Google's entry into the TV space is only a question of time. Apple, too, will eventually get it right and both giants will get a slice of the sitting room pie. Again the only sensible way forward for operators is openness, as Martin Peronnet, CEO of Monaco Telecom, pointed out during IPTV World Forum. He pointed to the way the iPhone's Appstore has diverted ARPU from operators and said, "never again".

With their internal processes, operators are never quick enough to get the time-to-market right on their own. Many big operators are publishing specifications of network API's. This is, for example, the case with the Orange Telco 2.0 initiative described by Stephan Hadinger during the last World Broadband Forum. The end game is for end users to always have the best of breed, sexiest new devices that they want enough to pay for. A lightweight certification process could guarantee that basic services all work. Any new over-the-top services would be the vendor's responsibility.

Getting rid of a huge financial burden is rewarding enough. But that 165M€ of cost discussed already could become extra revenue instead. Indeed, why would you want a better, newer device if you were not going to use it more often? Even if much of the content revenue goes to over-the-top suppliers, those extra hours will always enable some marginal revenue opportunities. Nothing stops operators jumping on to any success story as it emerges and delivering their own service, either OTT or in a walled garden. OTT services are bound to flow through different parts of the home network, where Awox' staunch DLNA support makes all the more sense.

In the model of my premise, if some technology turns out to be a dead-end, that would be the subscriber's issue. Leading-edge technology customers expect this to happen from time to time. No one sued their vendor over Betamax or HD-DVDs after all.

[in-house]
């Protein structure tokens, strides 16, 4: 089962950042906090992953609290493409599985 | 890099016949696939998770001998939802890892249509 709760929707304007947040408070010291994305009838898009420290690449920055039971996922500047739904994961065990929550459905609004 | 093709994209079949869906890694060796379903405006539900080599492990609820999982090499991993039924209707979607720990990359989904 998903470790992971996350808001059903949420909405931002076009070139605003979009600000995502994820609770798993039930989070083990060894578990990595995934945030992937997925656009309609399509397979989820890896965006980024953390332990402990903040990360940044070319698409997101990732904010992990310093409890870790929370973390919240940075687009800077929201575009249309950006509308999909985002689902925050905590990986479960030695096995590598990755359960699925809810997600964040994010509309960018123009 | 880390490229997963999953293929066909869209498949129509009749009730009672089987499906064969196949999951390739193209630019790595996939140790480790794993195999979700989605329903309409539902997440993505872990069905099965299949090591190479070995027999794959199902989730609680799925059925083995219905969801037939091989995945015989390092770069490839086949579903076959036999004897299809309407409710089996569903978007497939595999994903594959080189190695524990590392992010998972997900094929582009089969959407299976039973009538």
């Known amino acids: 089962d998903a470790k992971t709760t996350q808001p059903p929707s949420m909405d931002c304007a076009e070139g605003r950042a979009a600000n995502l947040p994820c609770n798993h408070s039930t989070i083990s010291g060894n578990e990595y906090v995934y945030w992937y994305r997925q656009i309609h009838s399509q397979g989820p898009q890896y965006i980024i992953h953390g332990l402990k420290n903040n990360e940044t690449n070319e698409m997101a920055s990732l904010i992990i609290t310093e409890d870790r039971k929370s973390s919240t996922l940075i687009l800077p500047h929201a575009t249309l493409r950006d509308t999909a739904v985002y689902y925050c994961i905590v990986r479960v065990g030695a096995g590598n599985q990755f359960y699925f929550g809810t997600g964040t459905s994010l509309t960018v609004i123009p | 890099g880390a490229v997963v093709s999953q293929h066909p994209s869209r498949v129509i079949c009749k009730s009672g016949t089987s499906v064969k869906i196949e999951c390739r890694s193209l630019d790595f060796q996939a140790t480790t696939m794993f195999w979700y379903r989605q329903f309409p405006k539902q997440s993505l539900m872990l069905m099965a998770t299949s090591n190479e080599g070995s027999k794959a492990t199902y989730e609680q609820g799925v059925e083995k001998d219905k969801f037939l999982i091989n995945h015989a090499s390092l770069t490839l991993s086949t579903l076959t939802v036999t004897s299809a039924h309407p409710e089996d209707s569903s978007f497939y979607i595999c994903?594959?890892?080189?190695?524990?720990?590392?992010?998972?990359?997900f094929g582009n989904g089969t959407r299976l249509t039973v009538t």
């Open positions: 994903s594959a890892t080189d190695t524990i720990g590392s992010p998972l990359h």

Sleek new devices are coming to market anyway. Operators must become better at encouraging their customers to use devices over which they still have some influence because they will not retain control for much longer.

Olivier Carmona commented that "Operators don't want the living room and it's content related revenues hijacked by an OTT supplier. Getting the sleekest, newest devices available into subscriber's sitting rooms seems a good proactive strategy". Beyond the technology, that I agree is cool, the true innovation is in the new relationship operators can have with their subscribers.

The whole industry claims the ability to link broadcast content with the interactive experience from the web. With an open standards DLNA approach, Awox believes that it is important to make only the link that best suits the user, the moment, the content and the available hardware.

Operators should consider launching new devices or peripherals to existing devices, that customers go out and buy in the stores; after all it will take them at least two years to make a decision ;o)